Queen’s University Belfast roll out five year plan to woo Indian students

In order to bring diverse perspectives and make the campus truly global, Queen’s University Belfast has launched a five-year engagement plan, to attract the Indian students. As part of the plan, there will be several partnerships with Indian institutions and outreach programmes for students in India, according to a TOI report.

Ian Greer, President and Vice Chancellor of Queen’s University Belfast said, “There is a huge pool of talent and substantial potential that we have not yet unlocked. The five-year plan has also been formulated to make Indian students aware of several universities in the UK apart from the traditional choices.”

Indian studentsStating that the varsity was keen on enrolling Indian students, Greer went on to add that the Indian students and graduates were not only intellectually sharp but also hardworking and committed. What is more, the Indian students have language skills, which would eventually help them to take part in constructive dialogues, the official said.

Admission Criteria

More than 8 lakh Indian students compete for nearly 5000 seats in several IITs through IIT-JEE. Despite scoring well, many of the students are not able to fulfil their dreams of joining a premier institute of technology. “We have recognised that a lot of Indian students want to join IITs but the seats are quite limited. In order to admit the high-quality students in our university, we have incorporated JEE score as part of our entry criteria for science and technology programs,” says Greer, in an interview to Education Times. Currently, around 200 Indian students are enrolled in various programmes at the university, but Greer is hopeful of having several hundred Indian students by the end of the five-year plan, noted the report.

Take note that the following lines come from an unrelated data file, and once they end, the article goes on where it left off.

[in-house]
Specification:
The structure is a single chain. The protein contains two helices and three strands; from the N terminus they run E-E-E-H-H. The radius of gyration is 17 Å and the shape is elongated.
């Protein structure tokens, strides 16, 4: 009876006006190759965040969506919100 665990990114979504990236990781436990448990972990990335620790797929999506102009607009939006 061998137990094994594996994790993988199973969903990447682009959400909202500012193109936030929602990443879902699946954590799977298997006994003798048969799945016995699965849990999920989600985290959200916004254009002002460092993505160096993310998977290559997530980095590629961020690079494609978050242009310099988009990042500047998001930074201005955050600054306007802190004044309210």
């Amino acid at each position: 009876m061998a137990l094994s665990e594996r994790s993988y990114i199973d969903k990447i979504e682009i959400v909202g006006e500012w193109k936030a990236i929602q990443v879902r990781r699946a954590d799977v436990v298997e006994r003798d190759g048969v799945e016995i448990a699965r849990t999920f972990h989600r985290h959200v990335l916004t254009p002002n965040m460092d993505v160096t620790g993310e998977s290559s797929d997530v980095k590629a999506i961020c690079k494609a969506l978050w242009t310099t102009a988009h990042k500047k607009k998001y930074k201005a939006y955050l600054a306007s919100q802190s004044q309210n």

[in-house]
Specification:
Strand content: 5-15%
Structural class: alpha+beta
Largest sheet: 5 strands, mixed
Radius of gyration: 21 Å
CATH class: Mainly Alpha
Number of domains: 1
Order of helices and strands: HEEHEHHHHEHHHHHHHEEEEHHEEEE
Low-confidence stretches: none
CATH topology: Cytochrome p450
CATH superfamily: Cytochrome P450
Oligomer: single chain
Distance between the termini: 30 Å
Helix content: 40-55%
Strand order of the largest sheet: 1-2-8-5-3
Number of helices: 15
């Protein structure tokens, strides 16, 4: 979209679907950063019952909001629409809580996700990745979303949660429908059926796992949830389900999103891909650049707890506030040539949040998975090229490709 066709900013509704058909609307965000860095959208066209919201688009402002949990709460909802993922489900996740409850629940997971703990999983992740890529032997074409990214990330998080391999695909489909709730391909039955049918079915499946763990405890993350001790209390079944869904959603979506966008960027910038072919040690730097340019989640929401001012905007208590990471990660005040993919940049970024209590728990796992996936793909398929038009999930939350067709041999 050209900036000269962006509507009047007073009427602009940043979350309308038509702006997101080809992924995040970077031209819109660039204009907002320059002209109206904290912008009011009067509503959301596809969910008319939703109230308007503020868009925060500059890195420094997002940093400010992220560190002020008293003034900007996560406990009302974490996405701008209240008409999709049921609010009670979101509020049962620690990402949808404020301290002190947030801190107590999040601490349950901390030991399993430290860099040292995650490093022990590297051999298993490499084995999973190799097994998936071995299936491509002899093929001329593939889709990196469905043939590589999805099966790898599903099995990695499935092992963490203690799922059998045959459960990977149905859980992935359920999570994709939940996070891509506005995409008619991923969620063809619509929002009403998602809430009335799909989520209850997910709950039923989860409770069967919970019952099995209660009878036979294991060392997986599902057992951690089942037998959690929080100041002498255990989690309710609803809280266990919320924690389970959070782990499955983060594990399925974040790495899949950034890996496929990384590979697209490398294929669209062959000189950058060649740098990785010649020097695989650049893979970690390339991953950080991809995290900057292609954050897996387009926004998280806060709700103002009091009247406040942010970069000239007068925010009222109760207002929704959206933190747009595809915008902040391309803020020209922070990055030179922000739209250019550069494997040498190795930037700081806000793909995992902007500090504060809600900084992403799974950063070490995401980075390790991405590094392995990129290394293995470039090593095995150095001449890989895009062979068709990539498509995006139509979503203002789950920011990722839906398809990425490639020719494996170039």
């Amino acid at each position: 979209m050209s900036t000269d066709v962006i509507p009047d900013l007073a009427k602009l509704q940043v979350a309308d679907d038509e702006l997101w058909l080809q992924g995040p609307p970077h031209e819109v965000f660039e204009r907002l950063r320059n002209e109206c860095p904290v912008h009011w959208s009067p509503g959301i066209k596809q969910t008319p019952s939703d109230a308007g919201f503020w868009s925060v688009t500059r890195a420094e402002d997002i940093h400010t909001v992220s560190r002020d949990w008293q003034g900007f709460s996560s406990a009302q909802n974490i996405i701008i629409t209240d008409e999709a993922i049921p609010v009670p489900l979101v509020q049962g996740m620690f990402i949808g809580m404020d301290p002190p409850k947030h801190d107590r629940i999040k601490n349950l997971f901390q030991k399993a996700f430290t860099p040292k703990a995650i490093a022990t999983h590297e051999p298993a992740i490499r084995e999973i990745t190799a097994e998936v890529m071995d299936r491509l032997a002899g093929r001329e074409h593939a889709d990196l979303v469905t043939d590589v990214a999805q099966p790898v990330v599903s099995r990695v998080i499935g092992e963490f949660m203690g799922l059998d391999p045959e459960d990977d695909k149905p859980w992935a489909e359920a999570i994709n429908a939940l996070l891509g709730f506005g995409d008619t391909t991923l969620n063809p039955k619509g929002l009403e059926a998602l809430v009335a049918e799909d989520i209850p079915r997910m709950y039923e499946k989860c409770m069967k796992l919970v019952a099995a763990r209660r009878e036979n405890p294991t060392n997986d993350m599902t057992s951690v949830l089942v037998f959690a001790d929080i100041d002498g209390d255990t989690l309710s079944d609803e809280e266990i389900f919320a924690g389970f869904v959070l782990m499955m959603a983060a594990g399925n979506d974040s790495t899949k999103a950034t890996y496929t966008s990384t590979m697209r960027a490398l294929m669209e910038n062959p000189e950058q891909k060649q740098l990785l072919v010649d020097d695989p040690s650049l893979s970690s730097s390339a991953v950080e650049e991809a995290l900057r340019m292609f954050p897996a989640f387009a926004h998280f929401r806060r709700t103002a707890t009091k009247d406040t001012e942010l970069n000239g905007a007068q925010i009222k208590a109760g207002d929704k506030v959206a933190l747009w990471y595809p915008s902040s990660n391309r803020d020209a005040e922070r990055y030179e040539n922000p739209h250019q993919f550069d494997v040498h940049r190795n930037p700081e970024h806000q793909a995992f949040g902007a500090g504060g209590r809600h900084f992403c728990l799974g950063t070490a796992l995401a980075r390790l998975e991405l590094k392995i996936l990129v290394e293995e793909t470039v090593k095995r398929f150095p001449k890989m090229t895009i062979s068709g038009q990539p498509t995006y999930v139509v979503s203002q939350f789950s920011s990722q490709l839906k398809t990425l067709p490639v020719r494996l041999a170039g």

Scholarships

  • With the aim of encouraging the intake of Indian students at the undergraduate level, the University is offering as many as 50 scholarships worth 7500 pounds, the report pointed out.

Brexit Benefit

Brexit, according to Greer, is a concern, but Queen’s University is apparently seeing it more as an opportunity than a challenge. “Northern Ireland is a special place, geographically, politically and industrially. All these factors conspire together to create a unique environment for students coming to Belfast. Regardless of the outcome for Brexit, Northern Ireland has to start making efforts in functional ways to drive the economy,” Greer told the daily. Despite several changes that are expected in the visa and stay back options for foreign students, all the universities in the UK and many employers have been lobbying for a two-year study/work visa.

“We have been lobbying with the regional and national government for easy study and visa rules for foreign students, as we, along with all the other universities in the UK, value the importance of having international students on campus,” says Greer. We are also looking at opportunities where we can develop the courses in a way that we incorporate industry-exposure in the coursework to provide an all-round professional experience to the students,” Greer concluded.

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